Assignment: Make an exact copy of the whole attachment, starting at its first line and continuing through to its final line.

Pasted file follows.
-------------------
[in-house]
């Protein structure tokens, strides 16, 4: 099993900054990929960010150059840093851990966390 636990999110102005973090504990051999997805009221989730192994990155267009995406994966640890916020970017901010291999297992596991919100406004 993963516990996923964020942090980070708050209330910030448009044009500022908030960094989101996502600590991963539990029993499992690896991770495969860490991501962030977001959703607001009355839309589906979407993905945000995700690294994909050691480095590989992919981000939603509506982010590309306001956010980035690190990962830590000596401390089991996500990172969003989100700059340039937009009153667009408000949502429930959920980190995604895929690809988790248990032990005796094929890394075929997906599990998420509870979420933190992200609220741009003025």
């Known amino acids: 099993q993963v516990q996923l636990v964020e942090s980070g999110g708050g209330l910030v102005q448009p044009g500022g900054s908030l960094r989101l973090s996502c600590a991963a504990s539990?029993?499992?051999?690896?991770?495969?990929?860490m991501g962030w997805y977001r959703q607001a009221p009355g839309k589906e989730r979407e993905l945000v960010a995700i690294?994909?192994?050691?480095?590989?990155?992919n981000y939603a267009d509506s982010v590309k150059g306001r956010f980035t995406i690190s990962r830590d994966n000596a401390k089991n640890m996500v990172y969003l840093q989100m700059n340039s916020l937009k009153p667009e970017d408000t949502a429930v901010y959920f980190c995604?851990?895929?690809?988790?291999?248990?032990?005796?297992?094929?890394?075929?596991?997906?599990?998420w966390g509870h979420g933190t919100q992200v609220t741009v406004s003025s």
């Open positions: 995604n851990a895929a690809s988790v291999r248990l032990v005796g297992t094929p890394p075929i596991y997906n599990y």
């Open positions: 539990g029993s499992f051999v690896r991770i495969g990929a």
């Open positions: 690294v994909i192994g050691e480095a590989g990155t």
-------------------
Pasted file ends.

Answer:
[in-house]
């Protein structure tokens, strides 16, 4: 099993900054990929960010150059840093851990966390 636990999110102005973090504990051999997805009221989730192994990155267009995406994966640890916020970017901010291999297992596991919100406004 993963516990996923964020942090980070708050209330910030448009044009500022908030960094989101996502600590991963539990029993499992690896991770495969860490991501962030977001959703607001009355839309589906979407993905945000995700690294994909050691480095590989992919981000939603509506982010590309306001956010980035690190990962830590000596401390089991996500990172969003989100700059340039937009009153667009408000949502429930959920980190995604895929690809988790248990032990005796094929890394075929997906599990998420509870979420933190992200609220741009003025």
């Known amino acids: 099993q993963v516990q996923l636990v964020e942090s980070g999110g708050g209330l910030v102005q448009p044009g500022g900054s908030l960094r989101l973090s996502c600590a991963a504990s539990?029993?499992?051999?690896?991770?495969?990929?860490m991501g962030w997805y977001r959703q607001a009221p009355g839309k589906e989730r979407e993905l945000v960010a995700i690294?994909?192994?050691?480095?590989?990155?992919n981000y939603a267009d509506s982010v590309k150059g306001r956010f980035t995406i690190s990962r830590d994966n000596a401390k089991n640890m996500v990172y969003l840093q989100m700059n340039s916020l937009k009153p667009e970017d408000t949502a429930v901010y959920f980190c995604?851990?895929?690809?988790?291999?248990?032990?005796?297992?094929?890394?075929?596991?997906?599990?998420w966390g509870h979420g933190t919100q992200v609220t741009v406004s003025s």
């Open positions: 995604n851990a895929a690809s988790v291999r248990l032990v005796g297992t094929p890394p075929i596991y997906n599990y």
């Open positions: 539990g029993s499992f051999v690896r991770i495969g990929a």
């Open positions: 690294v994909i192994g050691e480095a590989g990155t």